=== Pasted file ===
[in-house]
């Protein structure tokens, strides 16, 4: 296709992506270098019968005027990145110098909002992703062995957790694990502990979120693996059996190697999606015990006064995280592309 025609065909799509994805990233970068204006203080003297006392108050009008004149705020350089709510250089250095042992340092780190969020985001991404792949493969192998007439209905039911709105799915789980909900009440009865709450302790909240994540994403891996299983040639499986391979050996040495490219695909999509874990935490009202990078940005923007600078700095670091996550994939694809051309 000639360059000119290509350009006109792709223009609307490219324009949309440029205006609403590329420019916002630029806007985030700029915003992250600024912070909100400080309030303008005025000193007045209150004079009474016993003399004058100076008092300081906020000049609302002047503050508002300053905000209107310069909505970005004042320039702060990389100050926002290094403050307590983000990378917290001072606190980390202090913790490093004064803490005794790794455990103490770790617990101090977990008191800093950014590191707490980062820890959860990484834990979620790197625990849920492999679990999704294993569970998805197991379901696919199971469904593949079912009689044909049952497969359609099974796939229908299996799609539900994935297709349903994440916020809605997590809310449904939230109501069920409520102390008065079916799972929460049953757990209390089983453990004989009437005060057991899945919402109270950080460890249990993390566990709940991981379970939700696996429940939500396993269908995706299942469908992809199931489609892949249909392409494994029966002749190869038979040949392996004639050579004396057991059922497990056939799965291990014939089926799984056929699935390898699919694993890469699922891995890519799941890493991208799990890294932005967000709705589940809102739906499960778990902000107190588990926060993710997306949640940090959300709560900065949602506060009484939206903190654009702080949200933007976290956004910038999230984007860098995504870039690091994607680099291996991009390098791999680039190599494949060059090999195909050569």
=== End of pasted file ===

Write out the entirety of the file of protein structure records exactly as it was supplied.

[in-house]
């Protein structure tokens, strides 16, 4: 296709992506270098019968005027990145110098909002992703062995957790694990502990979120693996059996190697999606015990006064995280592309 025609065909799509994805990233970068204006203080003297006392108050009008004149705020350089709510250089250095042992340092780190969020985001991404792949493969192998007439209905039911709105799915789980909900009440009865709450302790909240994540994403891996299983040639499986391979050996040495490219695909999509874990935490009202990078940005923007600078700095670091996550994939694809051309 000639360059000119290509350009006109792709223009609307490219324009949309440029205006609403590329420019916002630029806007985030700029915003992250600024912070909100400080309030303008005025000193007045209150004079009474016993003399004058100076008092300081906020000049609302002047503050508002300053905000209107310069909505970005004042320039702060990389100050926002290094403050307590983000990378917290001072606190980390202090913790490093004064803490005794790794455990103490770790617990101090977990008191800093950014590191707490980062820890959860990484834990979620790197625990849920492999679990999704294993569970998805197991379901696919199971469904593949079912009689044909049952497969359609099974796939229908299996799609539900994935297709349903994440916020809605997590809310449904939230109501069920409520102390008065079916799972929460049953757990209390089983453990004989009437005060057991899945919402109270950080460890249990993390566990709940991981379970939700696996429940939500396993269908995706299942469908992809199931489609892949249909392409494994029966002749190869038979040949392996004639050579004396057991059922497990056939799965291990014939089926799984056929699935390898699919694993890469699922891995890519799941890493991208799990890294932005967000709705589940809102739906499960778990902000107190588990926060993710997306949640940090959300709560900065949602506060009484939206903190654009702080949200933007976290956004910038999230984007860098995504870039690091994607680099291996991009390098791999680039190599494949060059090999195909050569």